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Tropical Storm Beta slowly turned towards the central Texas Gulf Coast on Saturday. But in the late afternoon it paused over the warm waters, as if to gather itself before launching its first frontal attack on weary communities from Corpus Christi to the Texas-Louisiana border.
Notably, for the first time since the National Hurricane Center began tracking Beta, forecasters were not certain the system would actually grow into a hurricane. Nevertheless, Beta’s approach on Saturday ignited a series of emergency declarations tthroughout southeeastern Texas counties, mirroring Beta’s projected track from Matagorda Bay towards Houston and beyond.
“Beta has been nearly stationary for the past several hours. A westward drift is expected tonight, followed by a slow motion toward the west-northwest that should continue through late Monday,” the NHC advisory explained. “On the forecast track, the center of Beta will slowly approach the Texas coast Sunday and Monday.”
“Slow strengthening is expected during the next couple of days, and Beta could be near hurricane strength as it approaches the Texas coast,” forecasters warned.
A hurricane watch was in effect from Port Aransas to High Island. A tropical storm warning was issued for the region from Port Aransas to Intracoastal City, Louisiana. A tropical storm watch was in effect for the region south of Port Aransas to the mouth of the Rio Grande.
Forecasters warned Texas communities to expect higher surf, storm surge and heavy rains that would likely soak coastal communities and cities hundreds of miles from the Gulf Coast for most of the coming week.
The latest track on Saturday estimated Beta would make landfall near Matagorda Bay and move northeast over the coastal plain as far as Houston.
Tropical Storm Beta will bring locally heavy rainfall to the Texas Coast. @NWSWGRFC forecasters will watch for intense rainfall bands and the runoff from this rainfall. Expect high water/flooding in the heavier rainfall, especially the smaller creeks and streams. #txwx pic.twitter.com/zfsT5LwoQm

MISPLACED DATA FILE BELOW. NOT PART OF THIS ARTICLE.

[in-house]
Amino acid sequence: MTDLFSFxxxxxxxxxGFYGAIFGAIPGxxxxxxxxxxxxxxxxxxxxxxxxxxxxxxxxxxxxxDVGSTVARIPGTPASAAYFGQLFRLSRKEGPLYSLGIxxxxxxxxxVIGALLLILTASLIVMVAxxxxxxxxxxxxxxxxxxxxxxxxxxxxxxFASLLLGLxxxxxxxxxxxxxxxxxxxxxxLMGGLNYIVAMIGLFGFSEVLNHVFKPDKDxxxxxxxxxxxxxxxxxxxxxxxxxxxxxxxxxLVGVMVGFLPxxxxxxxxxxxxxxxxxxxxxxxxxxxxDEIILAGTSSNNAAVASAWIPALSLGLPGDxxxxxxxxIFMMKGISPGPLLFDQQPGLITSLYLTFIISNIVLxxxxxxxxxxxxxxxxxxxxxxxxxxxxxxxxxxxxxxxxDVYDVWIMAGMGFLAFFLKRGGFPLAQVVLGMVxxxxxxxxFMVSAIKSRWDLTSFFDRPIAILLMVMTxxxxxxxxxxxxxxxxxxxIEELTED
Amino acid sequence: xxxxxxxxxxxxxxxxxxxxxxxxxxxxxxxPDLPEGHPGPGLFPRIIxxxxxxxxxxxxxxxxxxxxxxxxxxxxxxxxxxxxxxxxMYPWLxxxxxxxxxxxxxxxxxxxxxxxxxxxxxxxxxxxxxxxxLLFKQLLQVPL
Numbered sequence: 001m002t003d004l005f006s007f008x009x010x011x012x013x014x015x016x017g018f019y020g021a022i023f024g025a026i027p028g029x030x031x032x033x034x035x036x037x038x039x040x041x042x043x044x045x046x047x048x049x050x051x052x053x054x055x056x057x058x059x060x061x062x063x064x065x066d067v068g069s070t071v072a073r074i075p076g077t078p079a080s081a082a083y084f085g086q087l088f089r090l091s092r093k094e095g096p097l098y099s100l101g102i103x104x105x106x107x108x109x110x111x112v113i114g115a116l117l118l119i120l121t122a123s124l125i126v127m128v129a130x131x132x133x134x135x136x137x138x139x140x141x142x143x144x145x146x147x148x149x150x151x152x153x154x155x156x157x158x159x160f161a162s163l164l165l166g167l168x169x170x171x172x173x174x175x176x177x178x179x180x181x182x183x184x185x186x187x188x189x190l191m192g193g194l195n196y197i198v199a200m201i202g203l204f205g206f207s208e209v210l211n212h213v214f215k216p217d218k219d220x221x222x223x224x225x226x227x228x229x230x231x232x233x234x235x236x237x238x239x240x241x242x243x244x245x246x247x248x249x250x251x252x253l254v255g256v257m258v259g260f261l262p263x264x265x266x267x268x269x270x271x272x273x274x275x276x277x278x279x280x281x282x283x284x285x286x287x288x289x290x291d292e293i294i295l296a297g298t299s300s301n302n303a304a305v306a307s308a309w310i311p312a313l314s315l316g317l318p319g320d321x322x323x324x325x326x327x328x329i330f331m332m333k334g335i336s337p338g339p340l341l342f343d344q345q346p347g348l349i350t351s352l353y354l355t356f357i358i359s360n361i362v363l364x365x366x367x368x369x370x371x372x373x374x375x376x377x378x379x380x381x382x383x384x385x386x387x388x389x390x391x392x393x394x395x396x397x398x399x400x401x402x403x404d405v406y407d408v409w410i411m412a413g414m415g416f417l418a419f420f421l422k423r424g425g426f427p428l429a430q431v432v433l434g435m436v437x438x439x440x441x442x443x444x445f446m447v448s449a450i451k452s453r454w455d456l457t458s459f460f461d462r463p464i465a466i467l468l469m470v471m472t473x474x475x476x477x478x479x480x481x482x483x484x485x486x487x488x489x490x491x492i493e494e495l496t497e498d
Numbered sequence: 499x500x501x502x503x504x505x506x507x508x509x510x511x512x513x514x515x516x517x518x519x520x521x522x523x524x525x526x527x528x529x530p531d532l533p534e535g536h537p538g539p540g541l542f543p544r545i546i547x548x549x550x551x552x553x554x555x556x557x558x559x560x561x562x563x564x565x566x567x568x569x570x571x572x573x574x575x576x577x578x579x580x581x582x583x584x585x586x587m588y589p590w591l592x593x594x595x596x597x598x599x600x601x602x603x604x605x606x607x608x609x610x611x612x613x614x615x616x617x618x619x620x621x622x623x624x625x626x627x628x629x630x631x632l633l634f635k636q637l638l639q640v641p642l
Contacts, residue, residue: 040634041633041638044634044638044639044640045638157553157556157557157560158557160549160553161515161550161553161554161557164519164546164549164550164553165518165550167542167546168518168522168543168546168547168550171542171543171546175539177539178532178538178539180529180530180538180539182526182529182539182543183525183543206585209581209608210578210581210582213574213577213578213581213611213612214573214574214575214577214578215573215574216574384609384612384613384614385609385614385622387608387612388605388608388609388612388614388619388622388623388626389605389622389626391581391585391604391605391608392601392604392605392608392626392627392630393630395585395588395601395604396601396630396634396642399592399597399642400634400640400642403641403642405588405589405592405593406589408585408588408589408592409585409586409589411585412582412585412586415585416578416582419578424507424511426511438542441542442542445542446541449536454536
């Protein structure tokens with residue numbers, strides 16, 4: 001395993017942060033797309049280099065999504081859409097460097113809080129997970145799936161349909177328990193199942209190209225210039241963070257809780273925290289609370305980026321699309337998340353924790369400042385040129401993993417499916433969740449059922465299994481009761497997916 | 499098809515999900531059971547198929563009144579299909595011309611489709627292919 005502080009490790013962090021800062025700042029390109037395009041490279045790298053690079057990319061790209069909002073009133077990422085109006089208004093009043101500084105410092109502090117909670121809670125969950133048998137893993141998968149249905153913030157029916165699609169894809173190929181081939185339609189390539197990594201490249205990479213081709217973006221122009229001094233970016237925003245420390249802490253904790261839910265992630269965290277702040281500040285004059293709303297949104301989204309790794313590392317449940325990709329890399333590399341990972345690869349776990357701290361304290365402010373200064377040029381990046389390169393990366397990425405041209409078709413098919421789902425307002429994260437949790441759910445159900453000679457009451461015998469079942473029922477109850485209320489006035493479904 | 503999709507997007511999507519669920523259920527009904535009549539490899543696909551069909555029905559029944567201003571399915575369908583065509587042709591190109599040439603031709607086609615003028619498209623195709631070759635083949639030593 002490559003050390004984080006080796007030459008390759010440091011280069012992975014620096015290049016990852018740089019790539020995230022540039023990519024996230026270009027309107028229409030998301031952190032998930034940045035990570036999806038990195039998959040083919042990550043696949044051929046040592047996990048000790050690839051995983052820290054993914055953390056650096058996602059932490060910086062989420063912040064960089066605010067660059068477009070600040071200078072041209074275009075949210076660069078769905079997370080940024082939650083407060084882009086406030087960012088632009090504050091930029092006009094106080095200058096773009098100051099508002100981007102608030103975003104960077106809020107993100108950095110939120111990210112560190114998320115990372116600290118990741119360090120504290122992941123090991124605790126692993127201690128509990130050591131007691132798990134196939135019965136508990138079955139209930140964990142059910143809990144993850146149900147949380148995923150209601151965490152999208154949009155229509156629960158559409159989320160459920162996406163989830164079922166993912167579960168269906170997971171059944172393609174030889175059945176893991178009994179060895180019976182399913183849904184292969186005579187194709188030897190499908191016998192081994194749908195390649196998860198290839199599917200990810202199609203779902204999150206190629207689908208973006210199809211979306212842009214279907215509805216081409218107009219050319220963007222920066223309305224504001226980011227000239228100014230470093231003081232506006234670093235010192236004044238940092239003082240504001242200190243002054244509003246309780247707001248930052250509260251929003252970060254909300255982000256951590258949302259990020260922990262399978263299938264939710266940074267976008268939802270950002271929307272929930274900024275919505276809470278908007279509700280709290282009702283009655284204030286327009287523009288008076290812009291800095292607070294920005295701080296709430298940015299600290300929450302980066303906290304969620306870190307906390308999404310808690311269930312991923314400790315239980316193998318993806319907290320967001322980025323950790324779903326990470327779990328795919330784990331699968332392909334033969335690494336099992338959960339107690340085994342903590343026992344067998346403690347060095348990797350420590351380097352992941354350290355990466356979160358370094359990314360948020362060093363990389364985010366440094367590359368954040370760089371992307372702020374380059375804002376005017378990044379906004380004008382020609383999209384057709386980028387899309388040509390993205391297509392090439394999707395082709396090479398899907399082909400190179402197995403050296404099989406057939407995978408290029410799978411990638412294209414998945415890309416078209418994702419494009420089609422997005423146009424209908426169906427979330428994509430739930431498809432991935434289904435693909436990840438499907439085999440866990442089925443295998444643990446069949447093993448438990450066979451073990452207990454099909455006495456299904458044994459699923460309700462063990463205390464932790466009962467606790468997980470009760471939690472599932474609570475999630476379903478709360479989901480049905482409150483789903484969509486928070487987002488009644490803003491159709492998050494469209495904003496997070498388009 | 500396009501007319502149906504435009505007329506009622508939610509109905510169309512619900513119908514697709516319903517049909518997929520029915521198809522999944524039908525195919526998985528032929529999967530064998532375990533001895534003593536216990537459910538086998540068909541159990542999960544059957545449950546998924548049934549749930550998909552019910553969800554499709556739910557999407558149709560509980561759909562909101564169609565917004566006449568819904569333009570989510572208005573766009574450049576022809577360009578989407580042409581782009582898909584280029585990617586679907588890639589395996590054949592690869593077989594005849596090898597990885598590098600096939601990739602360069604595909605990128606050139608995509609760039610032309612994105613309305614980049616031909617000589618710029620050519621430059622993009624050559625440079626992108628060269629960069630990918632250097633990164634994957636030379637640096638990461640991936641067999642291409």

— NWSWGRFC (@NWSWGRFC) September 19, 2020
In Harris County, the coastal city of Seabrook issued a voluntary evacuation for low-lying areas.
Galveston County Judge Mark Henry signed a disaster declaration on Saturday, and emergency officials issued a voluntary evacuation order for the Bolivar Peninsula. “Residents are encouraged to seek safety inland, especially those with medical needs,” officials tweeted. “It’s expected SH87 will become impassable and ferry service may be paused in the next 24hrs.”
In Nueces County, the Corpus Christi Emergency Operations Center announced it would distribute sandbags for several hours on Saturday.
Cameron County emergency managers also announced residents could pick up sandbags on Saturday morning. Port Isabel also handed out sandbags, limiting them to six bags per person and only to residents.
Cameron County Judge Eddie Treviño Jr. explained to the public that “we’re having difficulty finding dry sand. So, that’s another one of our concerns. If you have any bags leftover from Hurricane Hanna, please utilize that and allow others to get the new bags as may be needed.”
Gov. Greg Abbott directed the state on Friday to prepare its resources to confront the latest crisis, and on Saturday the Texas Emergency Management Council reported it was ready. “This storm has the potential to bring heavy rain and flooding,” Abbott said in a statement, “and I urge the people the Rio Grande Valley and the Coastal Bend to heed the guidance of local emergency officials and remain vigilant. …”
Texas Coastal Residents
As you prepare for the impacts of #TropicalStormBeta be sure you have a Go-Kit packed with all of the essentials, including a mask and hand sanitizer.
Here’s a helpful episode of TDEMtv:https://t.co/DLkRVnv266
— Texas Division of Emergency Management (@TDEM) September 19, 2020
This storm was named Beta because Wilfred, the last name on the NHC’s 2020 list of “Tropical Cyclone Names,” went to a system in the eastern Atlantic that achieved tropical storm strength earlier on Friday, and the name Alpha, the first Greek name, went to a subtropical storm near the coast of Portugal.
Forecasters have not seen this level of activity since 2005.
From now until Nov. 30, any systems that emerge over the Atlantic, Gulf or Caribbean waters and achieve tropical storm or hurricane strength will receive names from the Greek alphabet.
Weather expert Philip Klotzbach tweeted on Friday that “Three Atlantic named storms have formed today: September 18, 2020 – #Wilfred #Alpha #Beta. The only other time on record that the Atlantic had 3 named storm formations on the same calendar day was August 15, 1893.”
Beta emerged near the end of a historically busy week in the Atlantic, Caribbean and Gulf regions.
If you have pets, do you know what you would do w/ them during a hurricane? Whether you decide to stay put in an emergency or evacuate to a safer location, you will need to make plans in advance for your pets. #txwx #Beta pic.twitter.com/0HHcXSgwWy
— NWS Corpus Christi (@NWSCorpus) September 19, 2020
The Texas Newsroom’s Statewide Newscaster Sascha Cordner contributed to this report.
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